Lesson 3 from Parker County Roadrunner and his Criminal Defense Attorney: Racing on the Highway
How fast do you have to be going before you get stopped for speeding? If you are going even 1 mile over the posted speed limit or driving at a speed unsafe for the conditions, you are violating the law. The 1 mile over the limit is practically unenforceable. Most people know that there is a little bit of a cushion above the speed limit. The real question today issue facing my friend Parker County Roadrunner (a.k.a. “PC”) is “When does speeding become something for which I can go to jail?”
PC was driving around loop 820 one night in north Fort Worth. He was driving his Honda Civic which his buddies had tweaked and enhanced. That little Civic could run faster than any Honda you could buy at a dealership. A guy in a Mustang GT and another supped-up Honda were in front of PC. PC was following the other two vehicles which were using the multiple lanes of loop 820 to weave and move through the light traffic present at 1:30 in the morning.
PC looked up and saw the dreaded red and blue lights in his mirror and pulled over. He was clocked doing 86 miles per hour in the 70 mile per hour zone. He knew he was going to get a ticket for speeding. Because PC was only 18 years old, he knew he was going to have to tell his dad. He was already dreading what the next morning might bring at home. PC pulled his insurance and driver’s license even before the police officer made it to the window.
The first words from the officer were, “I need you to step out of your vehicle.” PC got out of his Honda and the officer had him step to the back of the car and had PC put his hands on the back of the car. The officer then placed PC in handcuffs and instructed, “I am going to pat you down for weapons. Do you have any contraband, weapons, and anything which could poke or prick me on your person?” PC responded, “No, sir,” and then asked, “What is going on?” The office said, “I am placing you under arrest for racing on a highway.”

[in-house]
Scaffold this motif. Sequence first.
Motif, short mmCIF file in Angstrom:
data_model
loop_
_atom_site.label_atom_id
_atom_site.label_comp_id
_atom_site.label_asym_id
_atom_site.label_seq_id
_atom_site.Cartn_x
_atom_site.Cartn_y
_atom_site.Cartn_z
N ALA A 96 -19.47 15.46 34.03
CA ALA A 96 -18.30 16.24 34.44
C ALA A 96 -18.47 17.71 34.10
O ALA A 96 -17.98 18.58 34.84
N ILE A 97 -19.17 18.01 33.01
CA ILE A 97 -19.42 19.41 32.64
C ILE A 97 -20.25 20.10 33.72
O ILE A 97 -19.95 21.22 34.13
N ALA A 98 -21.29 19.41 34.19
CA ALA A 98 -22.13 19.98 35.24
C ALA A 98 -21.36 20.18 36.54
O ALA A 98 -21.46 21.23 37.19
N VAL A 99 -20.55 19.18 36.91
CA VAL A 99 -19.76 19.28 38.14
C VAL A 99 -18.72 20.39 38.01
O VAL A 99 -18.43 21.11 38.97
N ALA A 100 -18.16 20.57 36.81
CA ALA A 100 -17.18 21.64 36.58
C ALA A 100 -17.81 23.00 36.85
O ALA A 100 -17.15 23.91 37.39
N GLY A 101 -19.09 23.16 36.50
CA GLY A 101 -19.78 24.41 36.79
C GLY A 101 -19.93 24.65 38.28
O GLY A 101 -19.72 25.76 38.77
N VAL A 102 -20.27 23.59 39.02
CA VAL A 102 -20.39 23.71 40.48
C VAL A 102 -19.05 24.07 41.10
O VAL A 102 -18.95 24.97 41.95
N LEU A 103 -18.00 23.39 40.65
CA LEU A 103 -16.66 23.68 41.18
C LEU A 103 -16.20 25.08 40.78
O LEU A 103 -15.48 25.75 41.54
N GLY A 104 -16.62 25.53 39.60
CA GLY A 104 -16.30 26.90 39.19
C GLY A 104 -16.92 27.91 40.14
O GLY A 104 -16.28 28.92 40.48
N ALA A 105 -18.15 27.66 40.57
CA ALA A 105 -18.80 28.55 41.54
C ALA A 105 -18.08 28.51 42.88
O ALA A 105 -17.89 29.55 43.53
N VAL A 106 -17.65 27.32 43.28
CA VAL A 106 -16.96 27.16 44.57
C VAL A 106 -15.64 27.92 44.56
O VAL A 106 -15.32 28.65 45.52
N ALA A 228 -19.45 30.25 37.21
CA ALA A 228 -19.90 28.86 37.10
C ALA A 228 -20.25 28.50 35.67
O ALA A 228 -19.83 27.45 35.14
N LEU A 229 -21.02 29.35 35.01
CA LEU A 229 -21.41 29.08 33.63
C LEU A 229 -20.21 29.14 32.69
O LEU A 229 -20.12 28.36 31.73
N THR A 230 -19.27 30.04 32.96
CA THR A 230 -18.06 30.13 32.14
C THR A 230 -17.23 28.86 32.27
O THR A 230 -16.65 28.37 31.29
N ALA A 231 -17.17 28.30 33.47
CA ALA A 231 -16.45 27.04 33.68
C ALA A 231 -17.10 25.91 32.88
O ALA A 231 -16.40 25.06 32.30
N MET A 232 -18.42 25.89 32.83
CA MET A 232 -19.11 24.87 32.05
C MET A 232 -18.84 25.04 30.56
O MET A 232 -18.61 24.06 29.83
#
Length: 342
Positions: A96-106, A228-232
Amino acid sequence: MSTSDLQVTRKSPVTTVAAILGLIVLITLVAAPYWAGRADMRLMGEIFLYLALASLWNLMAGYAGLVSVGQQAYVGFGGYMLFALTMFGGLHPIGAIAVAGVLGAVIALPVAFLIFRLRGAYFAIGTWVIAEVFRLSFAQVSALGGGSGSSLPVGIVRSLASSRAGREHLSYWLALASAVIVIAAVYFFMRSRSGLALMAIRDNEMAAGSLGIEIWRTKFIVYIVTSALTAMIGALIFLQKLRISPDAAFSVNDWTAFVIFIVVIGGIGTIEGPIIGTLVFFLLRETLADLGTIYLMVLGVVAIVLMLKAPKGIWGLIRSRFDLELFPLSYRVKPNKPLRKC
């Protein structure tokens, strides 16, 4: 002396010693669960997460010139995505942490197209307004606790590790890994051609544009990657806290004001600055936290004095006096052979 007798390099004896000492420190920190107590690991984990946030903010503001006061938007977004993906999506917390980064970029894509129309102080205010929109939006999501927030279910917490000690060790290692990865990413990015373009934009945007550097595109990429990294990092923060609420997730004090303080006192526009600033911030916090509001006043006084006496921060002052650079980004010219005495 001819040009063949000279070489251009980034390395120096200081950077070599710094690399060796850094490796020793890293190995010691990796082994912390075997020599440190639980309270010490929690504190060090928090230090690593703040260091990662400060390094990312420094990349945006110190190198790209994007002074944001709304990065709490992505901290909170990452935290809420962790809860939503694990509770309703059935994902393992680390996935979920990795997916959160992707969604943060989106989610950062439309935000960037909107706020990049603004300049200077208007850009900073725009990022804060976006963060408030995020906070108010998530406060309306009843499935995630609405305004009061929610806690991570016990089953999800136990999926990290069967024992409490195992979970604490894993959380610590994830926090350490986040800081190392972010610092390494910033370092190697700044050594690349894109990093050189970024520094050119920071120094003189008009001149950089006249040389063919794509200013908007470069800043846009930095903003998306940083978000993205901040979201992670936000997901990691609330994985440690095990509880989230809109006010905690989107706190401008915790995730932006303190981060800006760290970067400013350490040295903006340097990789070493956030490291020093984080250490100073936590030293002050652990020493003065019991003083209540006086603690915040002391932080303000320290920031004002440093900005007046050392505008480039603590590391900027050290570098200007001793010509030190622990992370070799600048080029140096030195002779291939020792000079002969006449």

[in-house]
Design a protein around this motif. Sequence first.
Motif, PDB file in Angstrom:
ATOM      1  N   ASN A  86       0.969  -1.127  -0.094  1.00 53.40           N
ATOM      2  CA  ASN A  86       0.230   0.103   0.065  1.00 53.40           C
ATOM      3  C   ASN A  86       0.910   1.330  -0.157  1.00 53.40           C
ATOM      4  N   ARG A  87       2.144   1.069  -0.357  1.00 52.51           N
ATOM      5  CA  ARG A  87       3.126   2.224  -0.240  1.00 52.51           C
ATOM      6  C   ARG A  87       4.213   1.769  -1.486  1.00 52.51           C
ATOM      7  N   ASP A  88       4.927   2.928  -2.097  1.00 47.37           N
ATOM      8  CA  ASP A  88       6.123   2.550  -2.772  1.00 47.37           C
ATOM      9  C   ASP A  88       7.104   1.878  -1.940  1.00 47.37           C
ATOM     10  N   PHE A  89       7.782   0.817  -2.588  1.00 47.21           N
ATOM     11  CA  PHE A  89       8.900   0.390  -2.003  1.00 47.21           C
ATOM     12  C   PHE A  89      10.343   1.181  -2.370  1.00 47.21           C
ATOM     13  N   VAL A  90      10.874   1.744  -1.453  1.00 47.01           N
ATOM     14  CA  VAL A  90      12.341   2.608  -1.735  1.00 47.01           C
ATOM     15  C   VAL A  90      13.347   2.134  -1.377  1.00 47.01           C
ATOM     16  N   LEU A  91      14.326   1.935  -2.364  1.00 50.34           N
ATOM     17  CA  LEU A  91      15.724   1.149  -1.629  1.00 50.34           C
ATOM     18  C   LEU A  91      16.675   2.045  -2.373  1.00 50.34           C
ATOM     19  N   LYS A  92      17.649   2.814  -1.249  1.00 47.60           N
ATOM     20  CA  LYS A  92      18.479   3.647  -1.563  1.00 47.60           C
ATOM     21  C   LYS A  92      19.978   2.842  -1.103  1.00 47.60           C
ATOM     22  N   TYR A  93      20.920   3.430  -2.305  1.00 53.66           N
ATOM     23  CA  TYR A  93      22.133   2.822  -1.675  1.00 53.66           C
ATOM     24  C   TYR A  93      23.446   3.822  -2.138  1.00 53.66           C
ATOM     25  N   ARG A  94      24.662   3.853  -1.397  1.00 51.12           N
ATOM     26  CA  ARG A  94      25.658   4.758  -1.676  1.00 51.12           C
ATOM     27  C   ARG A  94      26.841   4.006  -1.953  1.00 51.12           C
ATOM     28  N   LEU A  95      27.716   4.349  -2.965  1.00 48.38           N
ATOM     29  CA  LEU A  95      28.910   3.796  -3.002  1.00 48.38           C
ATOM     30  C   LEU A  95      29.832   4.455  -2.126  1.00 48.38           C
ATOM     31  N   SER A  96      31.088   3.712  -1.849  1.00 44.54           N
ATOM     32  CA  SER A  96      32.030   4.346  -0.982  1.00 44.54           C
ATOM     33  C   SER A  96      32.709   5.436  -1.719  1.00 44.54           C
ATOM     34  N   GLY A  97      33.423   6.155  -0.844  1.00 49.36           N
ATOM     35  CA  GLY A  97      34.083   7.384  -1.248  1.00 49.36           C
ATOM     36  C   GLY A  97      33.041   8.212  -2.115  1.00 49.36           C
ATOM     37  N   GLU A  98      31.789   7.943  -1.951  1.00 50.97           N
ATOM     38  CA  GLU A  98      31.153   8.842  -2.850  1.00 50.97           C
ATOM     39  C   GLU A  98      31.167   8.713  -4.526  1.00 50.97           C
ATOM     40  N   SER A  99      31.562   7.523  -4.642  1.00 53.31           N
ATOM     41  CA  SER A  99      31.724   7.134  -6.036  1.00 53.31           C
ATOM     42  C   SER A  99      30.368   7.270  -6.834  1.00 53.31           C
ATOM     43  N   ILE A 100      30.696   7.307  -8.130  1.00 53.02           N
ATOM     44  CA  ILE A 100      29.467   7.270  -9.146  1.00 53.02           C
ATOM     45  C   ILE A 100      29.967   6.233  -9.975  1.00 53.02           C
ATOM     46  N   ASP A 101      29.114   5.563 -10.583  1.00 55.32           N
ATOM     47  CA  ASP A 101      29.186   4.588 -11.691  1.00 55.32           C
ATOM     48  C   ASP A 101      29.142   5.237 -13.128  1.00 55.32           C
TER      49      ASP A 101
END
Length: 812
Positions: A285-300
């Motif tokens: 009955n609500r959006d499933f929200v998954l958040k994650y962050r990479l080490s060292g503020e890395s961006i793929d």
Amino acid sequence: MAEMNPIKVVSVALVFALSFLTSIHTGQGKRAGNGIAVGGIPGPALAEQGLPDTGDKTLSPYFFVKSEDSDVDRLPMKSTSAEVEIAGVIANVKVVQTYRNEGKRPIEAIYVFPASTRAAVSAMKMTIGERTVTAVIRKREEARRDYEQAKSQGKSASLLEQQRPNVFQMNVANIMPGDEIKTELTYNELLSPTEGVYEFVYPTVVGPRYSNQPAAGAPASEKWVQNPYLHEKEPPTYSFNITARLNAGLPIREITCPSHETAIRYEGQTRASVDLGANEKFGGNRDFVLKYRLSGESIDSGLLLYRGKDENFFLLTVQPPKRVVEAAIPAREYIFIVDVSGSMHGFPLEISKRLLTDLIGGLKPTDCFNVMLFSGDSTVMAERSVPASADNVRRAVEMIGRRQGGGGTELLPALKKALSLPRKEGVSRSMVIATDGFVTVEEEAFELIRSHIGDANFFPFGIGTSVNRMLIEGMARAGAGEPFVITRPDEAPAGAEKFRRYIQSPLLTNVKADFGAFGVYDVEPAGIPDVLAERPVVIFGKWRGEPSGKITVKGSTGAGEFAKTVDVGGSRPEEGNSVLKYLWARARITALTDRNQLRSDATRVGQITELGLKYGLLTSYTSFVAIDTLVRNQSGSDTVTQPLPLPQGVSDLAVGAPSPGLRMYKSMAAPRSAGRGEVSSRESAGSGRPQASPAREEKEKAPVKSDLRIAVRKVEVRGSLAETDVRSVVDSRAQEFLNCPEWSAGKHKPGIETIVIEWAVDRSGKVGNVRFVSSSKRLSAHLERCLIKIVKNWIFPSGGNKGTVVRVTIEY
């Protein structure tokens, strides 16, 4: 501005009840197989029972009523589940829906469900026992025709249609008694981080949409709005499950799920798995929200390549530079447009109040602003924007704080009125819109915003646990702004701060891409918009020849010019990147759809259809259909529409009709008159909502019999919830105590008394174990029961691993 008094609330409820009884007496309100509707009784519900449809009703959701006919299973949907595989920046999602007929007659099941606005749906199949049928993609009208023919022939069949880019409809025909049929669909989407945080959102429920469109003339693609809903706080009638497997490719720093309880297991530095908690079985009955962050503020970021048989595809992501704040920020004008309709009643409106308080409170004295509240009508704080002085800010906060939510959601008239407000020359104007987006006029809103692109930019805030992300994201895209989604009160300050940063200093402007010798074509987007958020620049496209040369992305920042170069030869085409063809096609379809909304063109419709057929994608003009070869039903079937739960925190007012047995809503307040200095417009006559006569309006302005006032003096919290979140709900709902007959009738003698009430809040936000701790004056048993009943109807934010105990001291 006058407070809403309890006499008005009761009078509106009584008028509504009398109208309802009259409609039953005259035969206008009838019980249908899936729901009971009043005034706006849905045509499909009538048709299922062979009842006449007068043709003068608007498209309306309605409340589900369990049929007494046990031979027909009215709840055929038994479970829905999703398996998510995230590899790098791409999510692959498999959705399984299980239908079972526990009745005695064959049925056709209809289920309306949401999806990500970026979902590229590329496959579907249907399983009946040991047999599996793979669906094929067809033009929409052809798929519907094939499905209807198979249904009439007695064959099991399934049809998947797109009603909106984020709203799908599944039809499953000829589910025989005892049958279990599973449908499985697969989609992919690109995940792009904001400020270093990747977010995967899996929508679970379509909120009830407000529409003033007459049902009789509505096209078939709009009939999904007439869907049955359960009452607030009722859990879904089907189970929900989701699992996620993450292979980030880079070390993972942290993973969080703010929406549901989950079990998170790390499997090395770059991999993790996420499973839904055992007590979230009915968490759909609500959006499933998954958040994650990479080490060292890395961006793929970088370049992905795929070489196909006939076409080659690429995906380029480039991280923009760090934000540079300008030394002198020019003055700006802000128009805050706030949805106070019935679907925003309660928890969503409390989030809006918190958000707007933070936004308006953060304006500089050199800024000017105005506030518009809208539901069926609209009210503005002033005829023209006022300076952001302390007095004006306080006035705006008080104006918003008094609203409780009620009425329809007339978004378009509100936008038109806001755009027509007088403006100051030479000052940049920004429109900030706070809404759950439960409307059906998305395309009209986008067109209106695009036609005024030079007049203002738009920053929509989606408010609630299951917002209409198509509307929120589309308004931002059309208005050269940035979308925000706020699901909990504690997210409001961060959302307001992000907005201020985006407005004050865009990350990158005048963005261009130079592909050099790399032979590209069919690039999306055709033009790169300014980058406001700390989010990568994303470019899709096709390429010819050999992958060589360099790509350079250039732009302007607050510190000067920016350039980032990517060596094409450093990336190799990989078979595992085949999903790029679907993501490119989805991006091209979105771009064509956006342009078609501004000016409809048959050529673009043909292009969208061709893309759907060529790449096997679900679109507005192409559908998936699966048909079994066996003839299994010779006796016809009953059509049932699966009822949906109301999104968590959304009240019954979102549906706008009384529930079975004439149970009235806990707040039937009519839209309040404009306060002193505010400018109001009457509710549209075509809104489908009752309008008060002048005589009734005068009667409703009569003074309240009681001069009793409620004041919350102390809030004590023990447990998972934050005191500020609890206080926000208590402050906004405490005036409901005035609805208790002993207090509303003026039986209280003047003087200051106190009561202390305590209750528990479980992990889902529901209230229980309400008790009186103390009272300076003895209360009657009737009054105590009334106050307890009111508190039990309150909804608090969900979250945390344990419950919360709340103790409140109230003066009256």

Racing on Highway is found in the Texas Transportation Code Section 545.420. The Transportation Code provides that a person may not participate in any manner in:
(1) a race;
(2) a vehicle speed competition or contest;
(3) a drag race or acceleration contest;
(4) a test of physical endurance of the operator of a vehicle; or
(5) in connection with a drag race, an exhibition of vehicle speed or acceleration or to make a vehicle speed record.
A first offense is a Class B Misdemeanor and carries the possibility of a 180 days in jail and up to a $2,000.00 fine. Further, Section 521.350 of the Transportation Code provides that a conviction for racing on the highway is an automatic suspension of a driver’s license for one year.
PC was taken into custody. His car was towed. At 18 years old, PC spent a night in jail until his dad bonded him out the next morning. Dad was not happy.
I go to court with PC and talk to the Assistant District Attorney. PC was not racing the other two guys, but because he was following them and appeared to be encouraging the race he was participating in the race. The ADA offers 12 months deferred adjudication, which means that PC’s license would not automatically be suspended. We ask for a couple of weeks to think about it. PC tells me, “Mr. Decker, this sucks. My dad made me sell my car and I am still in trouble with the court.”
With that information I contacted the ADA informing him that PC’s dad made PC sell the car. Would that sway him any in the offer? The ADA said, “Yeah, the kid is being punished at home. Bring me a bill of sale and I will give him 9 months deferred.” GREAT! PC told me, “I’ll bring it with me next week.”
We show-up to take the deal and PC says, “Mr. Decker, I forgot the bill of sale.” About 30 minutes later, PC plead to racing on the highway with a 12 month deferred adjudication. Two things every client must know. One, show-up for court. Two, if your attorney tells you to bring something to court, bring it with you to court.
Whether for a speeding ticket or for a more serious offense, I can help in Tarrant, Parker, and surrounding counties. Call me, Andrew Decker. I am a criminal defense attorney.